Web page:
The Adjustment Bureau and Free Will




Movies are an excellent vehicle for illustrating philosophy. Whether it is the deontological ethics of The Lord of the Rings or the metaphysics of The Matrix, you can glean philosophical insight from just about any movie. When it comes to the concept of free will, The Adjustment Bureau is among recent big screen film to tackle this subject.

“We actually tried Free Will before. After taking you from hunting and gathering to the height of the Roman Empire we stepped back to see how you’d do on your own. You gave us the Dark Ages for five centuries… until finally we decided we should come back in. The Chairman thought maybe we just needed to do a better job of teaching you how to ride a bike before taking the training wheels off again. So we gave you the Renaissance, the Enlightenment, the Scientific Revolution. For six hundred years we taught you to control your impulses with reason, then in 1910 we stepped back. Within fifty years, you’d brought us World War I, the Depression, Fascism, the Holocaust and capped it off by bringing the entire planet to the brink of destruction in the Cuban Missile Crisis. At that point a decision was taken to step back in again before you did something that even we couldn’t fix. You don’t have free will, David. You have the appearance of free will.”

(Agent Thompson’s response to David Norris when asked “What ever happened to free will?”)

Movies are an excellent vehicle for illustrating philosophy. Whether it is the deontological ethics of The Lord of the Rings or the metaphysics of The Matrix, you can glean philosophical insight from just about any movie. When it comes to the concept of free will, The Adjustment Bureau is among recent big screen film to tackle this subject. This movie, starring Matt Damon and directed by George Nolfi, is based on the 1954 short story Adjustment Team by Philip K. Dick, the science fiction writer and self described “fictionalizing philosopher.” In The Adjustment Bureau, Damon plays David Norris, a charismatic congressman who seems destined for national political stardom. David meets a beautiful ballet dancer named Elise Sellas. However, strange circumstances keep the two from advancing their relationship. Soon, David finds out who is behind these strange circumstances. When David arrives at work one morning, he sees something he shouldn’t – a team of agents (adjusters) in suits and fedoras reprogramming the brain of his business partner. They explain that they’re part of the Adjustment Bureau, the people who make sure things happen according to The Chairman’s plan.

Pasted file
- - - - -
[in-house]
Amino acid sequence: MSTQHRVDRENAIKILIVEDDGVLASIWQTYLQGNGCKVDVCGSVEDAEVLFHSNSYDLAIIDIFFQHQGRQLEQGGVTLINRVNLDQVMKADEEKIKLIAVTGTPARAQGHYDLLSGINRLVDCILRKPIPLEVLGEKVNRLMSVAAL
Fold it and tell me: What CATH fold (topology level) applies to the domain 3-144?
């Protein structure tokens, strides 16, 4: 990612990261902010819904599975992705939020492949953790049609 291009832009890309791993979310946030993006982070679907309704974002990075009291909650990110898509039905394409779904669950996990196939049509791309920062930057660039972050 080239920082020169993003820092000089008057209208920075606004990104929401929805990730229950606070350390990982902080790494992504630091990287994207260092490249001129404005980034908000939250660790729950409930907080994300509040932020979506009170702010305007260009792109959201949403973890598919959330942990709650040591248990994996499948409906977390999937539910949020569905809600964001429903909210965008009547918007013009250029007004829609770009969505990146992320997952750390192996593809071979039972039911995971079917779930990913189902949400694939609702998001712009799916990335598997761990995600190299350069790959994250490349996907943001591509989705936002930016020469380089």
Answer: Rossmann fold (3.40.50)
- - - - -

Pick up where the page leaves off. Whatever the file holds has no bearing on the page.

This mysterious team of agents influences and “adjusts” the events in everyone’s daily lives. In addition, they inform David that he is not supposed to be with Elise because it will ruin The Plan for his and Elise’s lives. The main adjuster takes Elise’s phone number from David and warns him that if he tells anyone about the Adjustment Bureau, the adjusters will erase his mind. But David will not give up pursuing Elise and by doing this, David is risking the loss of his promising political career. Throughout the film, circumstances brought about by the Bureau, at the behest of The Chairman, hinder David’s plans. However, Harry, the main adjuster assigned to David, experiences inner conflict with what is happening to David and Elise. Harry, along with David, wrestle with their roles in this world and, the movie thus tackles the issue of free will.

In the film, reality consists of order maintained by the invisible hand of The Chairman and is administered by the Bureau. Any disruptions to this order produces chaos in the world. The destiny of all humans is preordained. However, despite this deterministic program, the main characters are confronted by another reality: their desire to act in the way they wish. David, Elise, and Harry choose to resist the Bureau’s plans and create their own path. The message seems paradoxical, (at least to an incompatibilist): there is free will but the world we live in is largely deterministic. Moreover, the mysterious existence of The Chairman is central to the engine behind the deterministic themes. The Chairman largely is absent to the viewer, a quite intriguing idea because it leaves the viewer wondering who Dick envisions as the Chairman. Is he a deity of some sort? Is he good or evil?

The Chairman has a plan for each person; a good plan if you abide and a consequent inferior plan if you do not abide. The Chairman wants the good plan to be fulfilled or else the adjusters would not be necessary. It is in this relationship between the Adjustment Bureau and the inhabitants of the world that free will and determinism collide. Although the idea that men in suits secretly controlling the destinies of people is implausible, the plot along with its implications is quite interesting because there are clear resemblances to the world we inhabit. It is great entertainment but, more importantly, the philosophical implications are both profound and persistent.